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  • Writer's pictureAllison Abrams, LCSW-R

Taking Off the Mask

The power and the pain of vulnerability.

Vulnerability can be a tricky thing. On one hand, it can bring us closer to our ultimate happiness. On the other hand, which is less appealing, it can lead to the deepest of heartbreaks.

So what’s better? To have loved and lost—while experiencing the excruciating pain of that loss—or to never have loved at all? That depends on who you ask.

Regrets of the Dying In her book, The Top 5 Regrets of the Dying: A Life Transformed by the Dearly Departed, Bronnie Ware describes her work in palliative care. Over the years she discovered a commonality in the regrets held by almost all the dying patients she worked with including, I wish that I had let myself be happier. “This is a surprisingly common one,” writes Ware. “Many did not realize until the end that happiness is a choice.” Out of a sense of familiarity and comfort, she says, they stayed stuck in old patterns and habits. “Fear of change had them pretending to others, and to their selves, that they were content, when deep within, they longed to laugh properly and have silliness in their life again.” Another common regret was I wish I’d had the courage to express my feelings. “When I talk with clients about allowing themselves to be more emotionally vulnerable, they often insist that they don’t wish to get hurt,” says psychotherapist and author Karen R. Koenig, MEd, LCSW. “I ask them if that is really possible in life. Of course, it isn’t, and that’s what most people don’t understand. We may get hurt by being vulnerable, but we also cause ourselves harm by being well-defended and refusing to show our authentic self.” In this process of hiding ourselves behind our well-built walls, we may think we are protecting ourselves from pain, and perhaps to some extent, we are—at least in the short term. However, there is another—some say even greater pain than that of loss—that life throws our way. And that is the pain of regret, of knowing that we missed out on an opportunity due to our own fear, including the potential for love and connection. "When I look back on my past and think how much time I wasted on nothing, how much time has been lost in futilities, errors, laziness, incapacity to live; how little I appreciated it, how many times I sinned against my heart and soul—then my heart bleeds. Life is a gift, life is happiness, every minute can be an eternity of happiness." —Fyodor Dostoevsky Pain is inevitable. Suffering is optional. There is a wonderful parable within the Buddhist tradition that speaks of two arrows that come our way when we are hurt. The first arrow is the painful event itself, a loss or an injury. These are the inevitable hurts that come along with life—the ones that are beyond our control. The second arrow, however, is the hurt we inflict on ourselves. We do this through our reactions to the event when we react in ways that include anger, endless rumination, or self-pity. So in the case of heartbreak and loss, how do we avoid shooting that second arrow, or at the very least, reduce the pain it inflicts? According to Koenig, we can take steps to reduce the intensity of the hurt, such as learning to not take everything personally, and strengthening resilience by learning the life skills needed to handle rejection, abandonment, and loss. “As we build our self-esteem and self-worth, we become less vulnerable to what others think of us because we don’t need to be perfect and have a more honest sense of ourselves,” says Koenig. “And then being vulnerable hurts less.” Practicing with a therapist is another way, says Silvia M. Dutchevici, LCSW, president and founder of the Critical Therapy Center. “Through the process of critical therapy, the notion of love and mutuality emerges slowly in the clinical relationship. Communicating, learning how to be with an Other in the therapeutic hour is the blueprint of the art of loving; the art of being with someone, of accepting the perfect imperfections of an Other and Self, of being together.” Authenticity and vulnerability take practice,” says psychologist Michele Leno, Ph.D., LP. “Practice with yourself, those you trust, and new acquaintances. Be yourself, love yourself, represent yourself ... and the circle you are meant to have will form.”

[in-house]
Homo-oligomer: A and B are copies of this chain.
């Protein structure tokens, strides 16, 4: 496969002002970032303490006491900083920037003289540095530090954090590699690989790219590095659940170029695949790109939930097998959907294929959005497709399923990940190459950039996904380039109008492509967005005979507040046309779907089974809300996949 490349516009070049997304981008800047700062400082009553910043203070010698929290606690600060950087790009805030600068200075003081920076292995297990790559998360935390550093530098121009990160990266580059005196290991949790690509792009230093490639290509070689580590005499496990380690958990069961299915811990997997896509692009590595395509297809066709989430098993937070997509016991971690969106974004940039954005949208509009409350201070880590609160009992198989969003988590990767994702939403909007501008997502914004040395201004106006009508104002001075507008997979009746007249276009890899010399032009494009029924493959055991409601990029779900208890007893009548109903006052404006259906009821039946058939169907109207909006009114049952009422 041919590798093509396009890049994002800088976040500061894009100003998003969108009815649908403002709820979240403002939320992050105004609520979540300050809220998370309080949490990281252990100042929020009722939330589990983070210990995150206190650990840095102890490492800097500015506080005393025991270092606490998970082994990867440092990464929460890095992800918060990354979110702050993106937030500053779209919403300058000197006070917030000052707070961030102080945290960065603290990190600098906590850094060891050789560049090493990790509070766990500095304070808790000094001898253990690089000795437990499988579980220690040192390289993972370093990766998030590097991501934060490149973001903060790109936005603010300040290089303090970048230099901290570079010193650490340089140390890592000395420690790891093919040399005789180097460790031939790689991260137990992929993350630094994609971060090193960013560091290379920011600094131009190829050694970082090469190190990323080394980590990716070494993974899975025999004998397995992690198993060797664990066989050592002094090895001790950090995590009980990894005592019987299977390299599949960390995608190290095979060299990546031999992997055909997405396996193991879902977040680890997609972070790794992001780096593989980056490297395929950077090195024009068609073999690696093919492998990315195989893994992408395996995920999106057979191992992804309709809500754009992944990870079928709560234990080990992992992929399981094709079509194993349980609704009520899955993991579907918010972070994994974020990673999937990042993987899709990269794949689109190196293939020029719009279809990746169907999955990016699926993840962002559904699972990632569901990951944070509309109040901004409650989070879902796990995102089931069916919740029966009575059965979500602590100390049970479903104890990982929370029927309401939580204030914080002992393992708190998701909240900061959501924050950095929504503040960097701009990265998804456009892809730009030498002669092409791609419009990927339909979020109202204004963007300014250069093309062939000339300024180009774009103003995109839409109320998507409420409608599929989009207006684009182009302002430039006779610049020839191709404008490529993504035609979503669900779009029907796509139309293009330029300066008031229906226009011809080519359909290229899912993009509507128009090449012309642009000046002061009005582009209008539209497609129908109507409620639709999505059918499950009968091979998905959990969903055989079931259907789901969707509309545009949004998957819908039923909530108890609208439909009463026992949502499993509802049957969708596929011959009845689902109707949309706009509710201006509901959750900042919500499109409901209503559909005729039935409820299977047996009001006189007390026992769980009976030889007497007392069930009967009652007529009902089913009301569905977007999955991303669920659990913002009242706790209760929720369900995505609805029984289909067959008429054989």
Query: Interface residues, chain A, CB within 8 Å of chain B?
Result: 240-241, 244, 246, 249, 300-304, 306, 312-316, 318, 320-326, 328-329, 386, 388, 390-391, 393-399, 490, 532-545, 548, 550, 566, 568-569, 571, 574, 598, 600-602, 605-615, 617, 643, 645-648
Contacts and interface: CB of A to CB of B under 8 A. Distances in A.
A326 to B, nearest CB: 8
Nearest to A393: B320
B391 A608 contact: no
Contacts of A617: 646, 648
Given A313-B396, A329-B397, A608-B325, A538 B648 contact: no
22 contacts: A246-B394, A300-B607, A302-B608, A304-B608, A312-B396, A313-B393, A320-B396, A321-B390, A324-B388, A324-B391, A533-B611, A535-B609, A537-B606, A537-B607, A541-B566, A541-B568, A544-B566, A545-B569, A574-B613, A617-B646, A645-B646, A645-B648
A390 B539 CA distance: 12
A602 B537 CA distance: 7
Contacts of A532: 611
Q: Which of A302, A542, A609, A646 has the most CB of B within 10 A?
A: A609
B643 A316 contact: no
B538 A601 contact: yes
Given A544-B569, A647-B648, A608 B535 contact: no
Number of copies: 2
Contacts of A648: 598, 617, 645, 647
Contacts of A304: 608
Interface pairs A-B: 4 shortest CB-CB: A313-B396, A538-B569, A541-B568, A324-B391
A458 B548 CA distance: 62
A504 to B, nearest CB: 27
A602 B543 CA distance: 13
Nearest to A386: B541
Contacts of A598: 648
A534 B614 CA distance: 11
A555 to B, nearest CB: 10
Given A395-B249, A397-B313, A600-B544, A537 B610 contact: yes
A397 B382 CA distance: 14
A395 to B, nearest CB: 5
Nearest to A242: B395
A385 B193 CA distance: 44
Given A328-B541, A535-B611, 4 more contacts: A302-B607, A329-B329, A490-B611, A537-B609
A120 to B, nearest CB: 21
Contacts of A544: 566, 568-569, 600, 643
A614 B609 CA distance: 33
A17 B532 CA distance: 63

The truth is, all relationships will end, whether through a breakup, death, or other separation. Nothing in this world is permanent, including ourselves. Does that mean we should stop living our life to the fullest just because one day that life will end? Or is it better to have tried and fallen, then to have never tried at all? Again, it depends on who you ask. For those of us who aspire to a life of few regrets, perhaps instead of being afraid to fall, we should be afraid not to.

References Ware, B. (2012). The Top Five Regrets of the Dying: A Life Transformed by the Dearly Departed. Hay House

This article was originally published on Psychology Today.


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